the other faith-based initiatives
One of the very weird* things i’ve noticed lately is that religious people — more strictly, people who subscribe to domesticated religions — exhibit a much greater understanding of the separation of church and state and the unalienability of the right to criticize than the vacuously spiritual alt med advocates who have been sprouting like mushrooms in the Valleys.
Unlike the Christians (and, to a lesser extent, Hindus) i meet, who affirm noninterference between schools, courthouses, and other government establishments on one hand and religious institutions on the other (the existence of extremists notwithstanding), and even discourage tax-exemption status for churches, the promulgators of disorganized religions and of spiritual worldviews tend, it seems, to promote the government endorsement of spiritual or superstitious medicine, calling for coverage for acupuncture, homeopathy, Hoxsey treatment, and other unsubstantiated treatments by Medicare and other government health care, while they ignore attempts by medical organizations or by multinational corporations to silence independent criticism of their dubious advertising claims.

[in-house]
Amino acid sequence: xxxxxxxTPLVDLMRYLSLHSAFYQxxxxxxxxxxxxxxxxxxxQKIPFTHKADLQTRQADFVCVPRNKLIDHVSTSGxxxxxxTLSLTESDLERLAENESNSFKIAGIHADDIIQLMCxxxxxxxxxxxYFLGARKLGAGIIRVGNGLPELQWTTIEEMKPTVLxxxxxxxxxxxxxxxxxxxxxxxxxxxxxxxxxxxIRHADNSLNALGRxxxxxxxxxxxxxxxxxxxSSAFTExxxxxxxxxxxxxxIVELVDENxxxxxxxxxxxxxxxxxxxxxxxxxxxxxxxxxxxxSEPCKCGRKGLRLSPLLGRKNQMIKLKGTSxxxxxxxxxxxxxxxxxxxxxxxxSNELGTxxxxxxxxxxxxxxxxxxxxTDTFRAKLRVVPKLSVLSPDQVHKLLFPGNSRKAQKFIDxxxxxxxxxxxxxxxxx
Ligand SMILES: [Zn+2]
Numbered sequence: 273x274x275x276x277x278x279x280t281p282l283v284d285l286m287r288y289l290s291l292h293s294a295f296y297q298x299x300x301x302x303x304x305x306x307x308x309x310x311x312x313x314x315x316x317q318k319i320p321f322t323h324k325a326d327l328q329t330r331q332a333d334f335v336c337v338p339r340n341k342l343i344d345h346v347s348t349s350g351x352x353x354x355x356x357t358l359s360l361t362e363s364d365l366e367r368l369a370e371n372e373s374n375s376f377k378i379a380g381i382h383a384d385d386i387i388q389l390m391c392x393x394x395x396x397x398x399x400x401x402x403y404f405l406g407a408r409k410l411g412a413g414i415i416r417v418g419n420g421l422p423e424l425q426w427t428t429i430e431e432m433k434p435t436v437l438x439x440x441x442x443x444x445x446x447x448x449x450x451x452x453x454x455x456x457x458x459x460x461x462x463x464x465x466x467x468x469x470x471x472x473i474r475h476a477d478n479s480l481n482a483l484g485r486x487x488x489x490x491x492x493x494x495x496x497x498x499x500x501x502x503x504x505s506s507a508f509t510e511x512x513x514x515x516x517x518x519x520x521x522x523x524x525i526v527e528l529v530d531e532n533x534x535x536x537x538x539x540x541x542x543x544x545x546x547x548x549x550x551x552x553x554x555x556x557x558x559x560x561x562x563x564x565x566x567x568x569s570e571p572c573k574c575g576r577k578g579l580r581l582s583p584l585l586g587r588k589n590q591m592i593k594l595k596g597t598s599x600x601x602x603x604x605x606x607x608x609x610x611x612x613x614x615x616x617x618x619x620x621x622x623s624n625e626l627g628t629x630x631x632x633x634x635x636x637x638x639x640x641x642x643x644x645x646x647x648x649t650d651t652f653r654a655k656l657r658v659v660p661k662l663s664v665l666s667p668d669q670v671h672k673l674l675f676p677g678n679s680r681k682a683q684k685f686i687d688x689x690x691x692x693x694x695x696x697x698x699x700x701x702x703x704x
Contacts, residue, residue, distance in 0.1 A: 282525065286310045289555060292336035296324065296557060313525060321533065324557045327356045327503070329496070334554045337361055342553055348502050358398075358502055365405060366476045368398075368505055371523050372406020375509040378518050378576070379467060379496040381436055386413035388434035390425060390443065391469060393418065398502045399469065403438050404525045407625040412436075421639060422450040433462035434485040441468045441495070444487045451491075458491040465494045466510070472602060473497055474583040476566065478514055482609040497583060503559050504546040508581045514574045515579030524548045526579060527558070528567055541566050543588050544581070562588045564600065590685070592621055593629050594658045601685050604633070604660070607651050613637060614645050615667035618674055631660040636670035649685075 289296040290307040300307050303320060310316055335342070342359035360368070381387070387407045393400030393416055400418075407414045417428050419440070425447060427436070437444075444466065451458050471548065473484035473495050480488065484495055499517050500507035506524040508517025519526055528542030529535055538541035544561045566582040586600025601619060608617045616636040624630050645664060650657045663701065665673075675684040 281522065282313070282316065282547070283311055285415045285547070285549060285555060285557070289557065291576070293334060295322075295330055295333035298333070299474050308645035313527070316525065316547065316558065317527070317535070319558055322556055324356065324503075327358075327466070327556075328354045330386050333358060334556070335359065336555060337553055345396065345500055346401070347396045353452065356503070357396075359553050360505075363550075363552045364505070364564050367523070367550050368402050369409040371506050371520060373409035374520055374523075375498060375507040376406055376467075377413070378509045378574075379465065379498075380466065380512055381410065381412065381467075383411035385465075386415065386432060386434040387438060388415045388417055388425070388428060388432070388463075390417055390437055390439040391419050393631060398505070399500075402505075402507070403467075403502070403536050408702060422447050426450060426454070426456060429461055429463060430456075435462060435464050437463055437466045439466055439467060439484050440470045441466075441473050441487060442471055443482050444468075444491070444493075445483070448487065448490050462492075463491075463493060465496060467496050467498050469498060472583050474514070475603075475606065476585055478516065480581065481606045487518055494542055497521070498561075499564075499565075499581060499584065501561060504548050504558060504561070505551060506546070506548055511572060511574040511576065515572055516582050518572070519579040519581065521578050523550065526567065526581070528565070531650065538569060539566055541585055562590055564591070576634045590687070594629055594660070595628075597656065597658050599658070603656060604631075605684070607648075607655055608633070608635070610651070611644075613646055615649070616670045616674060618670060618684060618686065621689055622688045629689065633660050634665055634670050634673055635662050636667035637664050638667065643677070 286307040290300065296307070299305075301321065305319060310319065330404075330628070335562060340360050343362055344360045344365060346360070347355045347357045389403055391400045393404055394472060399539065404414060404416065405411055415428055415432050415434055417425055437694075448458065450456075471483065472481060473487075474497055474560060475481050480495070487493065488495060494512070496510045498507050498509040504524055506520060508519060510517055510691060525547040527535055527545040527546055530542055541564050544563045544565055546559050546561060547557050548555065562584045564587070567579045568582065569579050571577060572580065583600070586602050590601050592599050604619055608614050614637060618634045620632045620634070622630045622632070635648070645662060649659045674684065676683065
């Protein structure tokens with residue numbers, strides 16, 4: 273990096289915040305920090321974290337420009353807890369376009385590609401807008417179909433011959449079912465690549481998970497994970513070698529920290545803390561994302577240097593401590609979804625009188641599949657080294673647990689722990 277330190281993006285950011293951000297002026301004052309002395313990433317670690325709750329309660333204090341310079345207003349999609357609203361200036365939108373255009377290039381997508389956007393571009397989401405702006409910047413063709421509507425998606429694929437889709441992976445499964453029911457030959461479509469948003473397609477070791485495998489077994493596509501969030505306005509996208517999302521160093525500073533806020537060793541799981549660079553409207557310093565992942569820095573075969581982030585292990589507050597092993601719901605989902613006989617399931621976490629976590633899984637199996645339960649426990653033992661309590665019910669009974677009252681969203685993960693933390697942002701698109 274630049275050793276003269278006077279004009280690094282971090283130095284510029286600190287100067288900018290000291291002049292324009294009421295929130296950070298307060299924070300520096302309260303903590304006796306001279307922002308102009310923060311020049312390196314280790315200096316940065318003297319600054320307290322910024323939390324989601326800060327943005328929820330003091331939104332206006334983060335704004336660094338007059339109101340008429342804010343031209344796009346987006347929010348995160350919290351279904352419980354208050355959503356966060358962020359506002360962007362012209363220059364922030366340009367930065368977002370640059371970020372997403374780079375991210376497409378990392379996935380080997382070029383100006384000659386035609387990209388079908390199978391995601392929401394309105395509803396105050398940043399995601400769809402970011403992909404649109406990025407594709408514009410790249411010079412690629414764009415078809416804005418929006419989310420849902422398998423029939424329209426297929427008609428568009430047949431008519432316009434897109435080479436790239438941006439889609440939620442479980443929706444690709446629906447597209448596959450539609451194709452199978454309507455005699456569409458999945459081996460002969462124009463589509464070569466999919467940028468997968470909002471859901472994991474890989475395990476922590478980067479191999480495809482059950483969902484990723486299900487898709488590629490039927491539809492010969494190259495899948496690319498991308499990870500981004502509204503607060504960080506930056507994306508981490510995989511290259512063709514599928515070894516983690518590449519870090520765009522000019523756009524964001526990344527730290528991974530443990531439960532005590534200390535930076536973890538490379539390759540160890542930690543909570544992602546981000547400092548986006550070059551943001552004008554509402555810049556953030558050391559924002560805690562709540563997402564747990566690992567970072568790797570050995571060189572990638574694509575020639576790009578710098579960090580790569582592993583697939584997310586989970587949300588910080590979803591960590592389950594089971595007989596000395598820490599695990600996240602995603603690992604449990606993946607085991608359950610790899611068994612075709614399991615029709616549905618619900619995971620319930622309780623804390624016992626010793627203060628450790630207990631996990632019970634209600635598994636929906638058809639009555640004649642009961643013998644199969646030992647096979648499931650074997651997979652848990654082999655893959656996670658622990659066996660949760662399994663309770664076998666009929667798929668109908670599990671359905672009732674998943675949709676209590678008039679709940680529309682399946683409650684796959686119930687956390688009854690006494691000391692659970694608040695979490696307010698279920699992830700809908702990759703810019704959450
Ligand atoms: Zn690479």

Part of what makes this seem weird to me is the relative absence of religious adherents calling for the government sponsorship of prayer clinics. Yes, they call for government-sponsored prayer, but despite the absurd official releases my moderately informed impression is that most supporters of such events are in it for the cultural heritage. Most of them would take afflicted children to hospitals rather than gather a prayer circle at home as they waste away.
The other part is that no one seems to be calling this interference for what it is — a burgeoning violation of the wall of separation. If these spiritualists want their more tranquil mythologies to be recognized as bona fide religions (as many wiccans and neopagans do) then they should be prepared to stick to the private sector.
I’m personally hoping to see religiosity per se take hold among alt med advocates, that it might be properly classified (and thereby veritably renounced) by government institutions as well.
* Of course, weirdness is probabilistic — dependent on prior knowledge — so that something is “weird” to me is another way of saying that i’m not well-informed about it.